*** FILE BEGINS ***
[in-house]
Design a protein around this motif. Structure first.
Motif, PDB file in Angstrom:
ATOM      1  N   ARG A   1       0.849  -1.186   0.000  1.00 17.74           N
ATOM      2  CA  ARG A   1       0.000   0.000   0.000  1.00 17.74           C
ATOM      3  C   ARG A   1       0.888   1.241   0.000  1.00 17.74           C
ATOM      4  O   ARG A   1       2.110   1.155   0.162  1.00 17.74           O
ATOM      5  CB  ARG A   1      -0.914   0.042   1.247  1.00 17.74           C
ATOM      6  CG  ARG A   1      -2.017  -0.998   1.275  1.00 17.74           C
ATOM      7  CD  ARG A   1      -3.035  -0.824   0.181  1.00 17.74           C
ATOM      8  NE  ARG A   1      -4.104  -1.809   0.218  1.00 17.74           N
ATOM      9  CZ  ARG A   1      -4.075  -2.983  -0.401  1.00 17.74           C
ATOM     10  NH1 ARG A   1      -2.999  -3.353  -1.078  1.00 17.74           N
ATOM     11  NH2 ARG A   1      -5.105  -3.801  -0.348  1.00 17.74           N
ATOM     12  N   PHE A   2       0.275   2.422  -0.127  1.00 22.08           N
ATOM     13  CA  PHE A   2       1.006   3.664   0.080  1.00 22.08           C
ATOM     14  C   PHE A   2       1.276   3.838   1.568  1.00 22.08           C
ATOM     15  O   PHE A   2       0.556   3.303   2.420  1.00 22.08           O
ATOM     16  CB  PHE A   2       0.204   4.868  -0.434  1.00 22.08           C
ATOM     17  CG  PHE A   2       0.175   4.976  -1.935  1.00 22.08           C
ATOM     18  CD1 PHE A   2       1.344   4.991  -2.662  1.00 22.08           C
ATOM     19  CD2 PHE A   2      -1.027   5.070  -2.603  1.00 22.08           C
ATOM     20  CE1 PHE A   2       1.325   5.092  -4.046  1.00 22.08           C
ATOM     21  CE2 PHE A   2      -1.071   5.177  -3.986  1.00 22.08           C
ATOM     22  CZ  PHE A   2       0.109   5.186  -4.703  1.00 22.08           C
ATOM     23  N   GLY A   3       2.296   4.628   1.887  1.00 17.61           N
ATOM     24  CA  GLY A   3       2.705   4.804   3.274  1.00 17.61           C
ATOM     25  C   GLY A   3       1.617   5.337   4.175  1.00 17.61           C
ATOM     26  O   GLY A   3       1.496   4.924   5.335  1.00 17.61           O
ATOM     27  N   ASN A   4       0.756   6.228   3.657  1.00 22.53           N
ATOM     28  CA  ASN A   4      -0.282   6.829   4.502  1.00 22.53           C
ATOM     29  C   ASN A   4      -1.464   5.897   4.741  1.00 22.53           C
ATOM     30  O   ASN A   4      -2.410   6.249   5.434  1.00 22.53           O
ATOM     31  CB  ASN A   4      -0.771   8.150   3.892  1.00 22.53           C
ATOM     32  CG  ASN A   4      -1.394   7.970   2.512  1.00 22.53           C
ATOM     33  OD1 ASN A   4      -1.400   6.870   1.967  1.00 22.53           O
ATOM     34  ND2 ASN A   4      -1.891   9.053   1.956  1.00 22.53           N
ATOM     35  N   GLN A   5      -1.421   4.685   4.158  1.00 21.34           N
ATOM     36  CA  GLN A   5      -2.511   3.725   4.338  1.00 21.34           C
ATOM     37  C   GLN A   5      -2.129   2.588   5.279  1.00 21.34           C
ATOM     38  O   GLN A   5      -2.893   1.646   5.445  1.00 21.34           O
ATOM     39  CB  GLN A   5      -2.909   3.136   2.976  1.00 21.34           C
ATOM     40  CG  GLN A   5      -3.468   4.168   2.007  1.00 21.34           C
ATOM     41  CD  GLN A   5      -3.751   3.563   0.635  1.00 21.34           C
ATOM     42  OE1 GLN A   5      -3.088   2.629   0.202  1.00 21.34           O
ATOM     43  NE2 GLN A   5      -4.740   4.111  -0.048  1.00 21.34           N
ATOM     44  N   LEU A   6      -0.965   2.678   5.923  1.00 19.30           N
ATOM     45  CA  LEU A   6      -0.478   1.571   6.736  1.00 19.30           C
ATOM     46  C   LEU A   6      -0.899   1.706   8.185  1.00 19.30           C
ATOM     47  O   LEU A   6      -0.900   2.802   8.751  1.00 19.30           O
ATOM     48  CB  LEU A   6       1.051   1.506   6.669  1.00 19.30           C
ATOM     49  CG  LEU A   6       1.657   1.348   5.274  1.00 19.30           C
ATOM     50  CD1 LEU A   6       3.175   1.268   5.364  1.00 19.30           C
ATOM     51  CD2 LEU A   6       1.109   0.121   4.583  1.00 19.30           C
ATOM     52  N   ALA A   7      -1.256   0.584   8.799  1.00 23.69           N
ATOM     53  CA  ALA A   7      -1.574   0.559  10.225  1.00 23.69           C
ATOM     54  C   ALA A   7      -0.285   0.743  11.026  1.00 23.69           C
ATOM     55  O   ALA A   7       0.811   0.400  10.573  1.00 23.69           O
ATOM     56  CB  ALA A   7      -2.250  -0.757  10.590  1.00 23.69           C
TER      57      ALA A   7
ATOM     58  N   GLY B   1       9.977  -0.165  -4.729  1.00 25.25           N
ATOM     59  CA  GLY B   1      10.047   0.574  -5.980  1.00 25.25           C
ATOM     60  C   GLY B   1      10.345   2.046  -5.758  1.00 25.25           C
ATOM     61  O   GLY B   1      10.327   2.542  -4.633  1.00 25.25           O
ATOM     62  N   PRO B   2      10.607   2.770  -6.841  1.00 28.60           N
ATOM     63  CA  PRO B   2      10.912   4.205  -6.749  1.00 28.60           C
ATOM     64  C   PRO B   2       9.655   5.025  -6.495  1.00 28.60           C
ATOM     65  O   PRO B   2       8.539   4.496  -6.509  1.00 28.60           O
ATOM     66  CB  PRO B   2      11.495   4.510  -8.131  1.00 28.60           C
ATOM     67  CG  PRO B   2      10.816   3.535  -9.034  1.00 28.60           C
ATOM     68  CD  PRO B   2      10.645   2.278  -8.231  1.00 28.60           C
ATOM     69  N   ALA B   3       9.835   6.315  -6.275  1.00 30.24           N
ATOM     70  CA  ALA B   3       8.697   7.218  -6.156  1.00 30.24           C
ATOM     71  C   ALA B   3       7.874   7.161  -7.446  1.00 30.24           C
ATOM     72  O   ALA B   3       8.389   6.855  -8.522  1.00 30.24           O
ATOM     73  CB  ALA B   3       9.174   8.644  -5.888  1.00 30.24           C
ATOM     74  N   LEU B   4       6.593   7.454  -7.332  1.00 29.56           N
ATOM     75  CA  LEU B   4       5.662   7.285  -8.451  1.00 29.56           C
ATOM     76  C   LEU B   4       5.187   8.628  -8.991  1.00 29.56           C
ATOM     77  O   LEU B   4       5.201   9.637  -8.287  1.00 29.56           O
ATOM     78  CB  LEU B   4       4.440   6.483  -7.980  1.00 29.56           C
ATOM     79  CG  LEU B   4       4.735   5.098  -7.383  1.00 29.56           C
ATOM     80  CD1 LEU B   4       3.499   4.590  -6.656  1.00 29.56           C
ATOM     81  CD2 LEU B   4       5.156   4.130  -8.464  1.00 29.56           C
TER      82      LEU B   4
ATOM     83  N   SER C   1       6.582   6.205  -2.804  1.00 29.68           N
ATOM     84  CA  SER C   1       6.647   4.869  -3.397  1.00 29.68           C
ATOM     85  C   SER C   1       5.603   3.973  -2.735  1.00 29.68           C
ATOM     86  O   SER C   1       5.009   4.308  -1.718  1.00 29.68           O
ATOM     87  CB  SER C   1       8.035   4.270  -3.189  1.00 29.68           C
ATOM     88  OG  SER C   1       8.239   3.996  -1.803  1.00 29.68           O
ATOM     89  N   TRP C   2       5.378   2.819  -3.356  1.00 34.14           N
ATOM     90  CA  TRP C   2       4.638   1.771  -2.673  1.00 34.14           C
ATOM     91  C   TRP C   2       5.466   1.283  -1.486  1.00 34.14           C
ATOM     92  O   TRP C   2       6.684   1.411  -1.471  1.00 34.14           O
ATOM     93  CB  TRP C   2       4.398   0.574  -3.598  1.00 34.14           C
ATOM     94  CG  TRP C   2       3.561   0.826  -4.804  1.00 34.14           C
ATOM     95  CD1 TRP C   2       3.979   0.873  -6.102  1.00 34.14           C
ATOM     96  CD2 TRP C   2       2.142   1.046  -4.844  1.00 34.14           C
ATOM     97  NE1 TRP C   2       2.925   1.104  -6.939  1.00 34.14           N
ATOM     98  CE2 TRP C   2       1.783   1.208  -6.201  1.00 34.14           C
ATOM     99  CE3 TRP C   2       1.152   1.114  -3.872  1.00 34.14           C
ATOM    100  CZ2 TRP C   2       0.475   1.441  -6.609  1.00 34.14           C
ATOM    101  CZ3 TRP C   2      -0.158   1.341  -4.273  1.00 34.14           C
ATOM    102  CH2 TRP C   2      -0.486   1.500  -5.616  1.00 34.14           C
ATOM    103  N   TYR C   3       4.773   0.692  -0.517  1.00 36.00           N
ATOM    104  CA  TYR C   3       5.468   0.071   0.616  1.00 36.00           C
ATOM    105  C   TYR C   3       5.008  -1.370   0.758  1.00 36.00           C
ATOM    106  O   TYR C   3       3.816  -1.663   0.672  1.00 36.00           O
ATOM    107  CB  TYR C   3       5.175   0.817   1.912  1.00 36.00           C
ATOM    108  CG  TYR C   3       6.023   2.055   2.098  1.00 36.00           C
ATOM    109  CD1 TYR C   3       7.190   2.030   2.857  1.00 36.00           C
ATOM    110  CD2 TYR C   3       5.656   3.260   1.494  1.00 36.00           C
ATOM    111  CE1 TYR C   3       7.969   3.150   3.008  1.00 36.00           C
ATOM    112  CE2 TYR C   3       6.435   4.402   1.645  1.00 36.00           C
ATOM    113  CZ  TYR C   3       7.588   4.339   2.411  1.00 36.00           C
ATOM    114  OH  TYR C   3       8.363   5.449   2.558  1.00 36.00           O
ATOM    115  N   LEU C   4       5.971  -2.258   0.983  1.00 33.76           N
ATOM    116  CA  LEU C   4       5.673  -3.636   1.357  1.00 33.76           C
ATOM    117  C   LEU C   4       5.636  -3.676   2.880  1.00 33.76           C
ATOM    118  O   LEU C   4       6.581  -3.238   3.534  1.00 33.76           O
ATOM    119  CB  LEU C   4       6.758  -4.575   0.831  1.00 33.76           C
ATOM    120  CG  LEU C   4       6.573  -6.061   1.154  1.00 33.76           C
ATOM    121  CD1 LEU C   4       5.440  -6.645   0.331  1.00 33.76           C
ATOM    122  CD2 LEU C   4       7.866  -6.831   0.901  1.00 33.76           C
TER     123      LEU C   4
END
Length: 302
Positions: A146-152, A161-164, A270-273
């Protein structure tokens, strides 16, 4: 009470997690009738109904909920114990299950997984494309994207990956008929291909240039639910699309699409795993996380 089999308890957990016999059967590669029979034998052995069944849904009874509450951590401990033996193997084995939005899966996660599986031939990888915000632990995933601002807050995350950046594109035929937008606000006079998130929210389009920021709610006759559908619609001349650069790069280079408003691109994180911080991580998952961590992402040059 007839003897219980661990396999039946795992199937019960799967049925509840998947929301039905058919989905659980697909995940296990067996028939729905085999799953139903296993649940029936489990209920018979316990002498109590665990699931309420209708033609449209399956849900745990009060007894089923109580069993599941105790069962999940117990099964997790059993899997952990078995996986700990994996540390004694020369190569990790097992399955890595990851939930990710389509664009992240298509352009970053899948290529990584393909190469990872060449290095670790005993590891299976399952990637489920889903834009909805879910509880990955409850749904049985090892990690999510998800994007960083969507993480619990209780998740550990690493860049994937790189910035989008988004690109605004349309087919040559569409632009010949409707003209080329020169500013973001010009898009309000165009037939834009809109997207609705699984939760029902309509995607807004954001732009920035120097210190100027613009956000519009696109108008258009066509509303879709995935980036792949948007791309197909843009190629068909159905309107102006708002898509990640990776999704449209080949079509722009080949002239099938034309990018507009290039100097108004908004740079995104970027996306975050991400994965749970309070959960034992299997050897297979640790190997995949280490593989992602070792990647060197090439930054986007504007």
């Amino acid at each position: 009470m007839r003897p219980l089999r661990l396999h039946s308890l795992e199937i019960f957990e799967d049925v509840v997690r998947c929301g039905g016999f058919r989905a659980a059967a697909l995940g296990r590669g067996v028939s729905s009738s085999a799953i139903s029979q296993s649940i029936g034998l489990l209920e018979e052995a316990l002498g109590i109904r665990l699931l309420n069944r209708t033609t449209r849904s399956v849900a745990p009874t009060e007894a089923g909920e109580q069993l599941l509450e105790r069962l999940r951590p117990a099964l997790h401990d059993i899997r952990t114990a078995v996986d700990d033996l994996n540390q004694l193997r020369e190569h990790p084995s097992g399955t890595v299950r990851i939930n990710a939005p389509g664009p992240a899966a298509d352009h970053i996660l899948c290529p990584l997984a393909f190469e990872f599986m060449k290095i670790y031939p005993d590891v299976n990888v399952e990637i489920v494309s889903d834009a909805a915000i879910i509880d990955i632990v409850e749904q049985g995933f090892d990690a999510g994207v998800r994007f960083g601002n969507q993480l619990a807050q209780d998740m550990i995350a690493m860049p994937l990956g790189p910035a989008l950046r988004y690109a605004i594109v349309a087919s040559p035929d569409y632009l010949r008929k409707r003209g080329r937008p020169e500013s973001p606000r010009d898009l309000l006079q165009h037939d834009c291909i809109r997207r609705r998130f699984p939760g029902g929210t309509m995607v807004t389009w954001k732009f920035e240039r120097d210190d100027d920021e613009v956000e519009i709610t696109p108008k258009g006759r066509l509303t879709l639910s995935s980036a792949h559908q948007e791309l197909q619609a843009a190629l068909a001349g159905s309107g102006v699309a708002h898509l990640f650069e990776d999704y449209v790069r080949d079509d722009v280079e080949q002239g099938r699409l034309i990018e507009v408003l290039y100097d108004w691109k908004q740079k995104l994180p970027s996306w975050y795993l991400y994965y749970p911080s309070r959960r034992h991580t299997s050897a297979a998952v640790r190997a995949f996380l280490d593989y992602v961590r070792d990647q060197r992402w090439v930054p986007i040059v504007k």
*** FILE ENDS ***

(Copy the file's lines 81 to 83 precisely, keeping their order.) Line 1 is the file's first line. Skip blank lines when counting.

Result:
ATOM     78  CB  LEU B   4       4.440   6.483  -7.980  1.00 29.56           C
ATOM     79  CG  LEU B   4       4.735   5.098  -7.383  1.00 29.56           C
ATOM     80  CD1 LEU B   4       3.499   4.590  -6.656  1.00 29.56           C